Marking the 800th anniversary of the opening of Old London Bridge in 1209, RIBA has announced an "ideas" competition to design a new inhabited bridge on the site. The original bridge (long since replaced with a new concrete box structure) was of course one of the most famous "living bridges" of all time. Entries should be made by 25th June, and the winner will be announced in conjunction with the bridge's Anniversary Fair on 11th July.
RIBA asks designers to assume that the existing structure could carry a further six storeys of building, and largely to ignore the impractical absurdity of the entire venture in favour of creativity and inspiration (see briefing paper [PDF]).
I've discussed the Peabody Trust and Royal Academy bridge competitons here previously, both of which sought essentially the same goal, an inhabited bridge over the Thames. The concept has been most recently revived by London mayor Boris Johnson. There's nothing about the present competition to change the view that an inhabited bridge like this is both impractical and visually undesirable, a wall across the river.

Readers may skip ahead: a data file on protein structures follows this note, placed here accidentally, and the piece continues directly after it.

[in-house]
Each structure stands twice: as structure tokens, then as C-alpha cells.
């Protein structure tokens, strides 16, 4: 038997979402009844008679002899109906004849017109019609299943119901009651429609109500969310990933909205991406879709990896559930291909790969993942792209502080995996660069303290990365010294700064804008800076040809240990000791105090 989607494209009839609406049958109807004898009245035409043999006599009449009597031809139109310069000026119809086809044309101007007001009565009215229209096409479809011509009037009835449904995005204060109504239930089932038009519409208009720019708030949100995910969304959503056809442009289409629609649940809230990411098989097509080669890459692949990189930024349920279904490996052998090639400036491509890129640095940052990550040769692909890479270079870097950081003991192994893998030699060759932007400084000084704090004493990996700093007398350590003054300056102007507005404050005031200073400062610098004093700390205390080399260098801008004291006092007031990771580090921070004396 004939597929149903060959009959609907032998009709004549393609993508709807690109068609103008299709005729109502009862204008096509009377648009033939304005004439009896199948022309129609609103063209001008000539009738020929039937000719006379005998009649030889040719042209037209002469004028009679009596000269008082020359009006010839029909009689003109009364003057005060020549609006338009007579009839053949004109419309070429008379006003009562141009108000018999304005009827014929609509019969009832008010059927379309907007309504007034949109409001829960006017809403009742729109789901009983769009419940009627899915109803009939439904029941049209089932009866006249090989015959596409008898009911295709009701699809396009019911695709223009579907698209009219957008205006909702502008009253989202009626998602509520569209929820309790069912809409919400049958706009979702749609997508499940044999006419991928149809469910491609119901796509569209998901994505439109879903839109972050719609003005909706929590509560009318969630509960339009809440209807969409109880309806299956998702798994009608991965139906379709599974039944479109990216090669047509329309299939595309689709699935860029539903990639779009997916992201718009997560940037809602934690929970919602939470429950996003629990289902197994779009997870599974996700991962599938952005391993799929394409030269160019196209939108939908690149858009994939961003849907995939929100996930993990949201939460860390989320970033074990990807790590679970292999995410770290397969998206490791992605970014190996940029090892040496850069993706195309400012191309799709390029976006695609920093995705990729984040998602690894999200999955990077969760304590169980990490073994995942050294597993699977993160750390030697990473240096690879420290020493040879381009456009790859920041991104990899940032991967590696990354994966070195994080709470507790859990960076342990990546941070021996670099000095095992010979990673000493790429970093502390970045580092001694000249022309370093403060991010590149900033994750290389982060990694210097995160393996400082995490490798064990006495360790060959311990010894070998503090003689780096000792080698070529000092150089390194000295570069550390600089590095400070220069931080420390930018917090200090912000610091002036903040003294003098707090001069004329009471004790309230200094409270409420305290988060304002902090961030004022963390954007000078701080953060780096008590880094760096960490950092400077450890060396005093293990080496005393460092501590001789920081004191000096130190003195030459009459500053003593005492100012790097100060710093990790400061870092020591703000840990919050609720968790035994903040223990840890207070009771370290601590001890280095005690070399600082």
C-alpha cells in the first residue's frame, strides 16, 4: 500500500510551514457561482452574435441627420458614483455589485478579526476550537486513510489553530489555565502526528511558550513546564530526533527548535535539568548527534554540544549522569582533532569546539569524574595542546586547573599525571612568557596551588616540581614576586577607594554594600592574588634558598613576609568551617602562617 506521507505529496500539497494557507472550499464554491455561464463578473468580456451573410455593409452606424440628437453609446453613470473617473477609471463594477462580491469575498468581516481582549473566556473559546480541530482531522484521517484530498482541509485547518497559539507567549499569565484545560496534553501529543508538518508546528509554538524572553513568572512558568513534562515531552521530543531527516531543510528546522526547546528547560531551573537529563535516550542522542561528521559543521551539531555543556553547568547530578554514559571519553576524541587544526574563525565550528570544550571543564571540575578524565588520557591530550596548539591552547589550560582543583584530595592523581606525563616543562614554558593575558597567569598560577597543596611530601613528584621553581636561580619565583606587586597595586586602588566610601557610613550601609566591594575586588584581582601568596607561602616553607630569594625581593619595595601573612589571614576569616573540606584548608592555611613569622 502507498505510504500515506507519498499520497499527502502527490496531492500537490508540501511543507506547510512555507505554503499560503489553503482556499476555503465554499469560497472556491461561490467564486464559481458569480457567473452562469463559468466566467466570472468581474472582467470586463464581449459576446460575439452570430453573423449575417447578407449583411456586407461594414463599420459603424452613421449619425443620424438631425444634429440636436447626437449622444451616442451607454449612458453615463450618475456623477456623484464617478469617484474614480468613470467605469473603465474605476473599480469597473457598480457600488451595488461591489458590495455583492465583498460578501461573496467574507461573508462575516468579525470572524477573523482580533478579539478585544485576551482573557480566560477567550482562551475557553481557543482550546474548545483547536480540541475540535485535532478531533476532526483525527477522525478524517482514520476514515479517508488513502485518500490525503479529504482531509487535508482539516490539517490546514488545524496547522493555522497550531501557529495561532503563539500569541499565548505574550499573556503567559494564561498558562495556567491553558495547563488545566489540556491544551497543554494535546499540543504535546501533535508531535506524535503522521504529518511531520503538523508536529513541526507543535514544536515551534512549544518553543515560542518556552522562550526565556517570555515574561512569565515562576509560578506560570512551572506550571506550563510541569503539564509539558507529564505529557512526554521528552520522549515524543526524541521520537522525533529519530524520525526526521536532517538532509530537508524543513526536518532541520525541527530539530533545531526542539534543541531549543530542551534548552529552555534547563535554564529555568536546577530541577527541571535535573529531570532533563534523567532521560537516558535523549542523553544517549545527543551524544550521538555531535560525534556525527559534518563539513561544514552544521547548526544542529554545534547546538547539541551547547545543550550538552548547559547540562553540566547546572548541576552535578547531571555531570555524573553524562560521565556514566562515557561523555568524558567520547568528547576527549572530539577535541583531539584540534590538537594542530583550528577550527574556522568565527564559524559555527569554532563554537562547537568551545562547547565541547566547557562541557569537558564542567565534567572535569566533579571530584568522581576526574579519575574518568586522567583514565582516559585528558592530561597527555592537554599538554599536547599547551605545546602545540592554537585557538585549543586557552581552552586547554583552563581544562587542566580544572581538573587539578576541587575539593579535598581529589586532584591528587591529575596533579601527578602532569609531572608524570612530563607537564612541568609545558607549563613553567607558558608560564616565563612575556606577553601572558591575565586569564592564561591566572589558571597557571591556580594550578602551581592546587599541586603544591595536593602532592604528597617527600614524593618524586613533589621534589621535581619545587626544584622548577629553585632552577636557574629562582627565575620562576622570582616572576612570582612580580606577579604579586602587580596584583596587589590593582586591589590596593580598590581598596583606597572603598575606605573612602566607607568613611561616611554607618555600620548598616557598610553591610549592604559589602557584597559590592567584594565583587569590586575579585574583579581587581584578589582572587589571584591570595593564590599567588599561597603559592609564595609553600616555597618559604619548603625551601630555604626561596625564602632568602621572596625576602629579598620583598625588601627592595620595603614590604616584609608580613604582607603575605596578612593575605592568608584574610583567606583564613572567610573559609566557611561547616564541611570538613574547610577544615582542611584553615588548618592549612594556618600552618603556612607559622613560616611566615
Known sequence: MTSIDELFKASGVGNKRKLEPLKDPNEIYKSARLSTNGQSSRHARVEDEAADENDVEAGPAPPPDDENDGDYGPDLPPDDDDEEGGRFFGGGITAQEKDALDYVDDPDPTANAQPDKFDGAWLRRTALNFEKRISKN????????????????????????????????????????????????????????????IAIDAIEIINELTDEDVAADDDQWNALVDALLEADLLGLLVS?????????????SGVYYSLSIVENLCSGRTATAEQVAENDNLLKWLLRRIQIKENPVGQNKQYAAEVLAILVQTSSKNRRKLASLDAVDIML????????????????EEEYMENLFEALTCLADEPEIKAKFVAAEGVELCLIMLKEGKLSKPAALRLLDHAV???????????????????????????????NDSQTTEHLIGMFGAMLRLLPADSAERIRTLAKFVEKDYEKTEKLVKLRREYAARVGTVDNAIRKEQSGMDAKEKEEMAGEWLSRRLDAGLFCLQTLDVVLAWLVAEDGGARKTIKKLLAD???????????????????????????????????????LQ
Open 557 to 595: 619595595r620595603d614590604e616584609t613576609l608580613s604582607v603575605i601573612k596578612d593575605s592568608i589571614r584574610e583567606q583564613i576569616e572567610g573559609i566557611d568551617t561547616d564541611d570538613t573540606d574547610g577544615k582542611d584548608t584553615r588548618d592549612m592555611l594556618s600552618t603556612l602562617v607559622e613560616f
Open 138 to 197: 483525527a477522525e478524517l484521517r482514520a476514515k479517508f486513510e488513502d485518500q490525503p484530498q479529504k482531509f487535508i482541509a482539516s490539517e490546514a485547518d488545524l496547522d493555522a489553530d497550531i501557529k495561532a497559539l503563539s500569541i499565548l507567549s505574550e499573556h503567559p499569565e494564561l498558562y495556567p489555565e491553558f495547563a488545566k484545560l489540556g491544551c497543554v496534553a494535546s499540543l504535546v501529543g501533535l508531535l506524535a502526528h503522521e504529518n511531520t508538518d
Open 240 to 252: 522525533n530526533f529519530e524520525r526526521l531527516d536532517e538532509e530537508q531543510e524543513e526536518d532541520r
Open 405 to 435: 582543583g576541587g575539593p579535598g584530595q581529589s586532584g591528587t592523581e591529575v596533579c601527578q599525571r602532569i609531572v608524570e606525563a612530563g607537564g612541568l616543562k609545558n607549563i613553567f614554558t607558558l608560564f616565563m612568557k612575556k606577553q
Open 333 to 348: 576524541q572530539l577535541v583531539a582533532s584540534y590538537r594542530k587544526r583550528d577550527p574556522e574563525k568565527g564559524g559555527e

Nonetheless, I'd be having a go at the contest myself, were it not restricted only to architects. RIBA, as ever, protects its own, even at the expense to the competition of reducing the chances for entries which are not only creative, but also potentially more practical.